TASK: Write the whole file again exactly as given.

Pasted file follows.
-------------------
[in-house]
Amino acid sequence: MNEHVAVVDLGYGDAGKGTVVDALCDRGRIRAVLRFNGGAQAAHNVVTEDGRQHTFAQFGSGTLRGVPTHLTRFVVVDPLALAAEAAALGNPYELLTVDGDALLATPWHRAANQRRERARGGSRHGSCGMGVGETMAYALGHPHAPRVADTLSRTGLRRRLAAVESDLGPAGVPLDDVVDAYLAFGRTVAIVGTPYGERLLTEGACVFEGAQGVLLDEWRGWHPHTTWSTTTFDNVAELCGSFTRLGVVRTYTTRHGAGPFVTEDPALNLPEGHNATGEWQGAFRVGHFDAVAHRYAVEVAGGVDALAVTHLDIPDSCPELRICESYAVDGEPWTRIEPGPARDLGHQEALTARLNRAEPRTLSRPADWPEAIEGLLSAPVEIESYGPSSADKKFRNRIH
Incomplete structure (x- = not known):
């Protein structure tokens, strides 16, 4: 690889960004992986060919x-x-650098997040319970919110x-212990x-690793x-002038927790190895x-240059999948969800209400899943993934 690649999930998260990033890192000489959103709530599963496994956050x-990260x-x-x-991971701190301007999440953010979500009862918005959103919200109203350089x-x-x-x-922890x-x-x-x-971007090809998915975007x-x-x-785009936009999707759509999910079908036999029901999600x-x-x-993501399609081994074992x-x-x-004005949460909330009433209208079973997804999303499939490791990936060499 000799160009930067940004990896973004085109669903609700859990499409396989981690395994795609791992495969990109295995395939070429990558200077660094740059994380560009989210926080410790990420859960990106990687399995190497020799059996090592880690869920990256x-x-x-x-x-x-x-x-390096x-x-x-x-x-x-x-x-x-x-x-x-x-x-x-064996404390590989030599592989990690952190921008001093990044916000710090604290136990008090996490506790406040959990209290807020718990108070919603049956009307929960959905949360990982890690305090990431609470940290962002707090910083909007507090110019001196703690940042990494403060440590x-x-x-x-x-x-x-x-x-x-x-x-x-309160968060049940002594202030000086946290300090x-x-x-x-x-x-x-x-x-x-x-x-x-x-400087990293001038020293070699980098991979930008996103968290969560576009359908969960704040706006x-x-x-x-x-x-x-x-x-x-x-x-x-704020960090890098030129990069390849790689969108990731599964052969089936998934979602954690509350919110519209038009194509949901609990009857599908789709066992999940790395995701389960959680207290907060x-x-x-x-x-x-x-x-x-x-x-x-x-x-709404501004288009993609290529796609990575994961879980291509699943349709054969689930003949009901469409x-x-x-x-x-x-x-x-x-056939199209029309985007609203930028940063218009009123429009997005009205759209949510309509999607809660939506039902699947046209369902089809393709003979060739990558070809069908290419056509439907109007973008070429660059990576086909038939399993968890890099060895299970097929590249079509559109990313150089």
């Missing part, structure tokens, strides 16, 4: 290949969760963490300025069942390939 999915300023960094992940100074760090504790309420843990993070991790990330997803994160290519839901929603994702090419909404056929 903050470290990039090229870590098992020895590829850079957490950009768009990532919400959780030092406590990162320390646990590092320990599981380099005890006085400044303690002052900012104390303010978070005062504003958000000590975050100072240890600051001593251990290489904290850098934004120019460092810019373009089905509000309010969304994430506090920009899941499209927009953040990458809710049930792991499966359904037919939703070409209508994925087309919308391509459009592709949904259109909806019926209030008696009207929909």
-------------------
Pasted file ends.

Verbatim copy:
[in-house]
Amino acid sequence: MNEHVAVVDLGYGDAGKGTVVDALCDRGRIRAVLRFNGGAQAAHNVVTEDGRQHTFAQFGSGTLRGVPTHLTRFVVVDPLALAAEAAALGNPYELLTVDGDALLATPWHRAANQRRERARGGSRHGSCGMGVGETMAYALGHPHAPRVADTLSRTGLRRRLAAVESDLGPAGVPLDDVVDAYLAFGRTVAIVGTPYGERLLTEGACVFEGAQGVLLDEWRGWHPHTTWSTTTFDNVAELCGSFTRLGVVRTYTTRHGAGPFVTEDPALNLPEGHNATGEWQGAFRVGHFDAVAHRYAVEVAGGVDALAVTHLDIPDSCPELRICESYAVDGEPWTRIEPGPARDLGHQEALTARLNRAEPRTLSRPADWPEAIEGLLSAPVEIESYGPSSADKKFRNRIH
Incomplete structure (x- = not known):
């Protein structure tokens, strides 16, 4: 690889960004992986060919x-x-650098997040319970919110x-212990x-690793x-002038927790190895x-240059999948969800209400899943993934 690649999930998260990033890192000489959103709530599963496994956050x-990260x-x-x-991971701190301007999440953010979500009862918005959103919200109203350089x-x-x-x-922890x-x-x-x-971007090809998915975007x-x-x-785009936009999707759509999910079908036999029901999600x-x-x-993501399609081994074992x-x-x-004005949460909330009433209208079973997804999303499939490791990936060499 000799160009930067940004990896973004085109669903609700859990499409396989981690395994795609791992495969990109295995395939070429990558200077660094740059994380560009989210926080410790990420859960990106990687399995190497020799059996090592880690869920990256x-x-x-x-x-x-x-x-390096x-x-x-x-x-x-x-x-x-x-x-x-x-x-x-064996404390590989030599592989990690952190921008001093990044916000710090604290136990008090996490506790406040959990209290807020718990108070919603049956009307929960959905949360990982890690305090990431609470940290962002707090910083909007507090110019001196703690940042990494403060440590x-x-x-x-x-x-x-x-x-x-x-x-x-309160968060049940002594202030000086946290300090x-x-x-x-x-x-x-x-x-x-x-x-x-x-400087990293001038020293070699980098991979930008996103968290969560576009359908969960704040706006x-x-x-x-x-x-x-x-x-x-x-x-x-704020960090890098030129990069390849790689969108990731599964052969089936998934979602954690509350919110519209038009194509949901609990009857599908789709066992999940790395995701389960959680207290907060x-x-x-x-x-x-x-x-x-x-x-x-x-x-709404501004288009993609290529796609990575994961879980291509699943349709054969689930003949009901469409x-x-x-x-x-x-x-x-x-056939199209029309985007609203930028940063218009009123429009997005009205759209949510309509999607809660939506039902699947046209369902089809393709003979060739990558070809069908290419056509439907109007973008070429660059990576086909038939399993968890890099060895299970097929590249079509559109990313150089």
């Missing part, structure tokens, strides 16, 4: 290949969760963490300025069942390939 999915300023960094992940100074760090504790309420843990993070991790990330997803994160290519839901929603994702090419909404056929 903050470290990039090229870590098992020895590829850079957490950009768009990532919400959780030092406590990162320390646990590092320990599981380099005890006085400044303690002052900012104390303010978070005062504003958000000590975050100072240890600051001593251990290489904290850098934004120019460092810019373009089905509000309010969304994430506090920009899941499209927009953040990458809710049930792991499966359904037919939703070409209508994925087309919308391509459009592709949904259109909806019926209030008696009207929909």